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The World's First Crossword

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So you walk into your favorite coffee shop and for the umpteenth time you see that interesting person sitting alone at the corner table doing their morning crossword puzzle. You decide today is the day you are finally making your move. But you're still a little hesitant.

Well, why not try this:

"Excuse me. I have a question: do you know when the first crossword puzzle was published, and who constructed it?"

And when they stumble for an answer, you save the day:

"The answer is Arthur Wynne published the first one on December 21, 1913."

Stunned yet intrigued, they invite you to sit down. You proceed to wow them with additional details:

"Indeed, it was Arthur Wynne, an immigrant from England, who was tasked with inventing a new game for the New York World's Sunday "Fun" section. His "word-cross", as he called it, kinda looked like what we are accustomed to today. But there were some notable differences. First of all, it was diamond shaped with no internal black squares. One word was already filled-in. And clues were awkwardly given as a range of squares instead of directionally as Across and Down. By today's standards, the puzzle had a rather 'busy' look.

"Nevertheless, the crossword was a huge hit with the newspaper's readership. Other newspapers eventually printed their own puzzles and in 1924, the first collection of crosswords came out in book form. From this point forward, the appearance and design of crossword puzzles would start to become standardized."

"Oh, and what about the name change? How did word-cross become crossword, you might be thinking? Well, through a series of accidents, actually. First, an illustrator accidently reversed the word order with no objection from Wynne. Then later the hyphen was dropped through an accidental typo. In this way the name of the puzzle took its final form."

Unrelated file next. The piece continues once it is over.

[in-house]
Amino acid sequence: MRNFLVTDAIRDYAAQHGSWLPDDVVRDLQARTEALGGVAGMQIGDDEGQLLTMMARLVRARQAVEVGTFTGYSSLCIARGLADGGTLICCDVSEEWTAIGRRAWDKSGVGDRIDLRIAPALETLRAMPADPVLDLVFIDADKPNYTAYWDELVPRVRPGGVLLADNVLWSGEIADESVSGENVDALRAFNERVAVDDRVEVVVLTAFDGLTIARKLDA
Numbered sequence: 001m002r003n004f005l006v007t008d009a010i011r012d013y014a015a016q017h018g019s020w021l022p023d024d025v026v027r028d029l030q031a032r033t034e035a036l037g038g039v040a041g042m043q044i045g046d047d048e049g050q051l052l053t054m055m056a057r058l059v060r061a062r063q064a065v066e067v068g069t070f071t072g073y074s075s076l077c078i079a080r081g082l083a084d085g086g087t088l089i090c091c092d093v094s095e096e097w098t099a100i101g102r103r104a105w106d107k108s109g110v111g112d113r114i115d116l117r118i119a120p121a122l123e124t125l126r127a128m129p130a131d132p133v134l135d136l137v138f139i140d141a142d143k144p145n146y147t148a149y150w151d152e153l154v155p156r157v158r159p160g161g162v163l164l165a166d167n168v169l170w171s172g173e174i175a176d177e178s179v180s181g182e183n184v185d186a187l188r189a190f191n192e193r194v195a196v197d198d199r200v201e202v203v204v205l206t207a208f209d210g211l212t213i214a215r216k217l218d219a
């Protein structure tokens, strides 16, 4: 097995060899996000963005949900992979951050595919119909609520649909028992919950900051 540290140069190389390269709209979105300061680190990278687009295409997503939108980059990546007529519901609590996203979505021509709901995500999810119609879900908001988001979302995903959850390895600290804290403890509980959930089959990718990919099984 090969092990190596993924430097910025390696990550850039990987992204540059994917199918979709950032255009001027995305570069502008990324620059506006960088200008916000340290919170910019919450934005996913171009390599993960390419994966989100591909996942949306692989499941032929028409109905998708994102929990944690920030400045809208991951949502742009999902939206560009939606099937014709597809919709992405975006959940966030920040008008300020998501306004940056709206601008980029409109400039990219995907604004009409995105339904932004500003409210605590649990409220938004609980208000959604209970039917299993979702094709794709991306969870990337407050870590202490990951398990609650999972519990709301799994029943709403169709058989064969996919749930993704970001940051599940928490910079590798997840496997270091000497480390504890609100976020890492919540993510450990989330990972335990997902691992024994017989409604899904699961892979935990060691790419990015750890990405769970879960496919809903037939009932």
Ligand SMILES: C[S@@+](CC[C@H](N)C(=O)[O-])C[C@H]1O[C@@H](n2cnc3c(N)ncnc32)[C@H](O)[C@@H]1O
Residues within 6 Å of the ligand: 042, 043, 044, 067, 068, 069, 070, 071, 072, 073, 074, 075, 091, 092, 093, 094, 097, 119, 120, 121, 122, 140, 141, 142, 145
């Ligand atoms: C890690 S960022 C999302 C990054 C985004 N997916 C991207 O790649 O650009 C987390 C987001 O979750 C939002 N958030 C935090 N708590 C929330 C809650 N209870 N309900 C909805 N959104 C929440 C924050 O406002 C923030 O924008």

Your newfound friend is amazed at your wealth of knowledge and you spend the rest of your mornings together blissfully solving puzzles...

Ok, maybe this isn't the smoothest of introductions and it might not go down exactly this way. But for true cruciverbalists, who knows?

The printable PDF file below has four pages. The first three pages are three versions of Arthur Wynne's 1913 puzzle.

Version 1 is a faithful facsimile of the originally published puzzle.

Version 2 keeps the general layout of version one, but makes a few changes:

  • the grid is reproduced to make the image crisper (the original was an enlarged copy of a copy of a...)
  • the grid numbers are smaller so letters can be written in the squares (what were they thinking making them so big?)
  • the text is updated with a modern font (hey, times have changed!)
  • the instructions are omitted (after over 100 years of solving, you old pros should know what to do!)

Version 3 makes additional changes to the original. Those eager to solve without delay will find this version the most welcoming. This version has conventional grid and clue numbering, with the clues re-sorted accordingly and placed into the appropriate Across and Down columns.

The choice is up to you which version you attempt, but you will likely need the solution on the last page. Some of the answers are quite obscure. Good luck!

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Did you know?

Certified by Guinness World Records, the largest crossword puzzle (in physical size) in the US measures 7 feet by 7 feet and can be hung on a wall or conveniently folded for solving on your lap or kitchen table. It comes with a 100 page book packed with 28,000 clues for over 91,000 squares. If you get stuck, you can always check the 4 foot by 4 foot answer grid.

wall-size crossword puzzle with man standing next to it thinking

However, a still larger puzzle was published by Nikoli Co., Ltd on June 30, 2016. It measures nearly 130 square feet, has 244,971 blank squares, and 66,666 clues. It was created by 20 different crossword puzzle makers to celebrate the 35th anniversary of the Japanese company.

man standing with back against stack of crossword puzzles

If these two puzzles are still too small for you, there is yet a bigger one according to Guinness. Verified on June 3, 2014, it took Hristo A. Yonitsov of Sofia, Bulgaria 14 years to write the 93,769 clues and craft the 984 foot long puzzle. The grid is spread over a hefty 1,000 sheets of paper and remains unpublished at this time.

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